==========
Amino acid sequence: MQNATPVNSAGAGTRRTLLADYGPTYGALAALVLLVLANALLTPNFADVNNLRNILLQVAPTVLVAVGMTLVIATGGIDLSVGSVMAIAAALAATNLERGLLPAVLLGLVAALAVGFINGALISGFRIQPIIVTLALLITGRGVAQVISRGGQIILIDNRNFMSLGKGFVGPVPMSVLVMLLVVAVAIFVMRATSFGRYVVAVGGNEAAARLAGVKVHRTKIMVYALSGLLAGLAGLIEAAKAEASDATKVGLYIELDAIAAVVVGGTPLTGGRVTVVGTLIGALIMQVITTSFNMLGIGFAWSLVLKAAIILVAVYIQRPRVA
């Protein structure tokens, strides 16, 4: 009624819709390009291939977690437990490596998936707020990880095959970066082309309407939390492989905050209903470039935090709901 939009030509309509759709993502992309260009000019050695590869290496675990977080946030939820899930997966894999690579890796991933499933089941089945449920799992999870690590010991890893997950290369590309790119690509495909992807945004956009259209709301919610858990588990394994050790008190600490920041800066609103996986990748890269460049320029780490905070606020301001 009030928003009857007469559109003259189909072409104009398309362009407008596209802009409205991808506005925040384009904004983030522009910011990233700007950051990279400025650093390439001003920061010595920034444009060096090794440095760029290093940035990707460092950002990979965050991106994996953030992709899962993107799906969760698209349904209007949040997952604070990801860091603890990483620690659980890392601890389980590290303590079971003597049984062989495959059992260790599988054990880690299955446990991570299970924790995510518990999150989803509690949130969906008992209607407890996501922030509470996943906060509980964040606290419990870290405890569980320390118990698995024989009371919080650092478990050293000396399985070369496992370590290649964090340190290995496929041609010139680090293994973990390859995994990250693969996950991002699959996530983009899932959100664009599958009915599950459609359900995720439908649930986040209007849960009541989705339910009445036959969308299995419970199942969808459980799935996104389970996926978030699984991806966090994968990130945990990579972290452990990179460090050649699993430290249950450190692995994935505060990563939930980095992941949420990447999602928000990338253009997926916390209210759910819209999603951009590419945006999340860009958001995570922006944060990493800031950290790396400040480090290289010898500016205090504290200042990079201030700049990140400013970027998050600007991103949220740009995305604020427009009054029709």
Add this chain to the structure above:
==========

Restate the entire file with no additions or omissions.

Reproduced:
Amino acid sequence: MQNATPVNSAGAGTRRTLLADYGPTYGALAALVLLVLANALLTPNFADVNNLRNILLQVAPTVLVAVGMTLVIATGGIDLSVGSVMAIAAALAATNLERGLLPAVLLGLVAALAVGFINGALISGFRIQPIIVTLALLITGRGVAQVISRGGQIILIDNRNFMSLGKGFVGPVPMSVLVMLLVVAVAIFVMRATSFGRYVVAVGGNEAAARLAGVKVHRTKIMVYALSGLLAGLAGLIEAAKAEASDATKVGLYIELDAIAAVVVGGTPLTGGRVTVVGTLIGALIMQVITTSFNMLGIGFAWSLVLKAAIILVAVYIQRPRVA
């Protein structure tokens, strides 16, 4: 009624819709390009291939977690437990490596998936707020990880095959970066082309309407939390492989905050209903470039935090709901 939009030509309509759709993502992309260009000019050695590869290496675990977080946030939820899930997966894999690579890796991933499933089941089945449920799992999870690590010991890893997950290369590309790119690509495909992807945004956009259209709301919610858990588990394994050790008190600490920041800066609103996986990748890269460049320029780490905070606020301001 009030928003009857007469559109003259189909072409104009398309362009407008596209802009409205991808506005925040384009904004983030522009910011990233700007950051990279400025650093390439001003920061010595920034444009060096090794440095760029290093940035990707460092950002990979965050991106994996953030992709899962993107799906969760698209349904209007949040997952604070990801860091603890990483620690659980890392601890389980590290303590079971003597049984062989495959059992260790599988054990880690299955446990991570299970924790995510518990999150989803509690949130969906008992209607407890996501922030509470996943906060509980964040606290419990870290405890569980320390118990698995024989009371919080650092478990050293000396399985070369496992370590290649964090340190290995496929041609010139680090293994973990390859995994990250693969996950991002699959996530983009899932959100664009599958009915599950459609359900995720439908649930986040209007849960009541989705339910009445036959969308299995419970199942969808459980799935996104389970996926978030699984991806966090994968990130945990990579972290452990990179460090050649699993430290249950450190692995994935505060990563939930980095992941949420990447999602928000990338253009997926916390209210759910819209999603951009590419945006999340860009958001995570922006944060990493800031950290790396400040480090290289010898500016205090504290200042990079201030700049990140400013970027998050600007991103949220740009995305604020427009009054029709």
Add this chain to the structure above: